Marine reserves: Patterns of adult movement of the coral trout (Plectropomus leopardus (Serranidae))

Dirk C. Zeller, Garry R. Russ

Research output: Contribution to journalArticle

98 Citations (Scopus)

Abstract

Movements of Plectropomus leopardus (Serranidae), a major fisheries species, across marine reserve boundaries were investigated on the Great Barrier Reef, Australia. Mark-release-recapture and ultrasonic telemetry were used to assess movements. Mark-release-recapture used hook and line as the method of capture and underwater visual census (UVC) as the 'recapture' tool. Catch rates were significantly higher in zones closed to fishing, despite UVC indicating no significant differences in density between closed and open zones. Of 183 fish marked with numerical freeze brands, 93 estimates of movements of branded fish were obtained. No branded fish was recorded to cross the reserve boundaries during the 2-month study, probably due to the initial decision to allocate capture effort evenly across the study area, rather than concentrating it on reserve boundaries. Fish carrying ultrasonic transmitters, and having home ranges straddling reserve boundaries, crossed boundaries on average 15.3 times·month-1. The mean distance moved by freeze branded specimens between capture and recapture was significantly larger in areas closed to fishing than in those open to fishing. However, mean distance moved per day determined by ultrasonic telemetry did not differ between areas closed and open to fishing. This study suggests low flux rates of adult P. leopardus across marine reserve boundaries.

Original languageEnglish
Pages (from-to)917-924
Number of pages8
JournalCanadian Journal of Fisheries and Aquatic Sciences
Volume55
Issue number4
Publication statusPublished - 1998
Externally publishedYes

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Serranidae
marine park
coral
ultrasonics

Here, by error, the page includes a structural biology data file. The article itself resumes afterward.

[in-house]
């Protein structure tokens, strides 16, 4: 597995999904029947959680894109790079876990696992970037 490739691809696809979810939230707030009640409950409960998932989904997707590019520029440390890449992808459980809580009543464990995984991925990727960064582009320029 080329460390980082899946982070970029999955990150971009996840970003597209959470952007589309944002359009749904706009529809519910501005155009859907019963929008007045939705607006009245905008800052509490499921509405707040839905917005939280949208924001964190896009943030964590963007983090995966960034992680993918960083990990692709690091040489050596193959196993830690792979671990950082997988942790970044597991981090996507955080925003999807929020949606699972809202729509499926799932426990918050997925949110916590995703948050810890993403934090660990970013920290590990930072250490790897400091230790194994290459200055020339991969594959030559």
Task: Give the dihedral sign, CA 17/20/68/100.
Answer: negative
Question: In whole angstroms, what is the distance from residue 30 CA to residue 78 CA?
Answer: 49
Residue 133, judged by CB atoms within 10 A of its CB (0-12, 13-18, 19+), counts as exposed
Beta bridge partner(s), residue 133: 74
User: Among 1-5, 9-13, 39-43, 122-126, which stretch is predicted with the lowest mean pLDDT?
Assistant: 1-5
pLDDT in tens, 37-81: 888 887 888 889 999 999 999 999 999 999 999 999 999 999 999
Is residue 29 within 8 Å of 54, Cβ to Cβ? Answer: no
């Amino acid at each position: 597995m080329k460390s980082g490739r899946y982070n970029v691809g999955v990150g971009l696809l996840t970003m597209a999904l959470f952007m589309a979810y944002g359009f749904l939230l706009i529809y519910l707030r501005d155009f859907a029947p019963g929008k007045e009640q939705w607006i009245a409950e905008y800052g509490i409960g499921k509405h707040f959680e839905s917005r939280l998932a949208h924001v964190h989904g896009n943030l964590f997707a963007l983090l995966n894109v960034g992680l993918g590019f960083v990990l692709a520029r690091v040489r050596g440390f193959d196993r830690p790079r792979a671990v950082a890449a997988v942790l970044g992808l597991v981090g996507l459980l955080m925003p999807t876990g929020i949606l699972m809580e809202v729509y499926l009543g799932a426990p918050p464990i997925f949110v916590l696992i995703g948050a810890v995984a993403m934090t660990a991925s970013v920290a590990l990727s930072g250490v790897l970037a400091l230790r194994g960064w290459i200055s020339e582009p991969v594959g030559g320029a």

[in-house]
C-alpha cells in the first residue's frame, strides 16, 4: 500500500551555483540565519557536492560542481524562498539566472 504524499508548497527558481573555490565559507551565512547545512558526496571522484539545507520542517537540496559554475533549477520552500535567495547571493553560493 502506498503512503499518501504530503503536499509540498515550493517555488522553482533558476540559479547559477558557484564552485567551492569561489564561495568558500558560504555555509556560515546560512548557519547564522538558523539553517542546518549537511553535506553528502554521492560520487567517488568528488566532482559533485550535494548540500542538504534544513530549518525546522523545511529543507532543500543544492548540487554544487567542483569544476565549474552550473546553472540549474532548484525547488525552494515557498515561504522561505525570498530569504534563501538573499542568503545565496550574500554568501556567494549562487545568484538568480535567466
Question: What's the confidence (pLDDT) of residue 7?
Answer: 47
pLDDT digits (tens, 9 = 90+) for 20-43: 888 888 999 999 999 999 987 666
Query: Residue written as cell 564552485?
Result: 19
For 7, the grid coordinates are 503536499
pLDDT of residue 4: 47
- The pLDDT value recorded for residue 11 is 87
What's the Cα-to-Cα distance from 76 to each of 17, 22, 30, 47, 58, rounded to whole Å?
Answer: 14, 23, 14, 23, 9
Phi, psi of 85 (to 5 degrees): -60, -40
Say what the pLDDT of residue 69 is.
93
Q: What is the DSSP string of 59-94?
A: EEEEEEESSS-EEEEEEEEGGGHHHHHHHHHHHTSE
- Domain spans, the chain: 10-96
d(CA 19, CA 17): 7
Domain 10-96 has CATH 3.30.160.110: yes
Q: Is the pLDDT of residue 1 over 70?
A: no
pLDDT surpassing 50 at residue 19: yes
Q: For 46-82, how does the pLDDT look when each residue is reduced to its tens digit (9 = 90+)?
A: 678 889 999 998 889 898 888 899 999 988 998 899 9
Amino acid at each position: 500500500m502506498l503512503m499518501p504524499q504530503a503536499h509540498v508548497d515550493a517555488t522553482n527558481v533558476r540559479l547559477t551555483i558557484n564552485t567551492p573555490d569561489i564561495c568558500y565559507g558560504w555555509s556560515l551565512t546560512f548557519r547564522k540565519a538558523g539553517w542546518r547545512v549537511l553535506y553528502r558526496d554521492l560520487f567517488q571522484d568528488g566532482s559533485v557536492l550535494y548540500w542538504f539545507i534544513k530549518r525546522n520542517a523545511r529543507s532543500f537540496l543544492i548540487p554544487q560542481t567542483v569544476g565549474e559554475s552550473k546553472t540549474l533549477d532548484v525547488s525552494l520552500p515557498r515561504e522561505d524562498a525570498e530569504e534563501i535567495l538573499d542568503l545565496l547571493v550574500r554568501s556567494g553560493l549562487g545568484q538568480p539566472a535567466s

mark-recapture studies
fishing
telemetry
fish
census
Great Barrier Reef
concentrating
fisheries
barrier reef
home range
Plectropomus leopardus
Plectropomus
fishery

Cite this

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title = "Marine reserves: Patterns of adult movement of the coral trout (Plectropomus leopardus (Serranidae))",
abstract = "Movements of Plectropomus leopardus (Serranidae), a major fisheries species, across marine reserve boundaries were investigated on the Great Barrier Reef, Australia. Mark-release-recapture and ultrasonic telemetry were used to assess movements. Mark-release-recapture used hook and line as the method of capture and underwater visual census (UVC) as the 'recapture' tool. Catch rates were significantly higher in zones closed to fishing, despite UVC indicating no significant differences in density between closed and open zones. Of 183 fish marked with numerical freeze brands, 93 estimates of movements of branded fish were obtained. No branded fish was recorded to cross the reserve boundaries during the 2-month study, probably due to the initial decision to allocate capture effort evenly across the study area, rather than concentrating it on reserve boundaries. Fish carrying ultrasonic transmitters, and having home ranges straddling reserve boundaries, crossed boundaries on average 15.3 times·month-1. The mean distance moved by freeze branded specimens between capture and recapture was significantly larger in areas closed to fishing than in those open to fishing. However, mean distance moved per day determined by ultrasonic telemetry did not differ between areas closed and open to fishing. This study suggests low flux rates of adult P. leopardus across marine reserve boundaries.",
author = "Zeller, {Dirk C.} and Russ, {Garry R.}",
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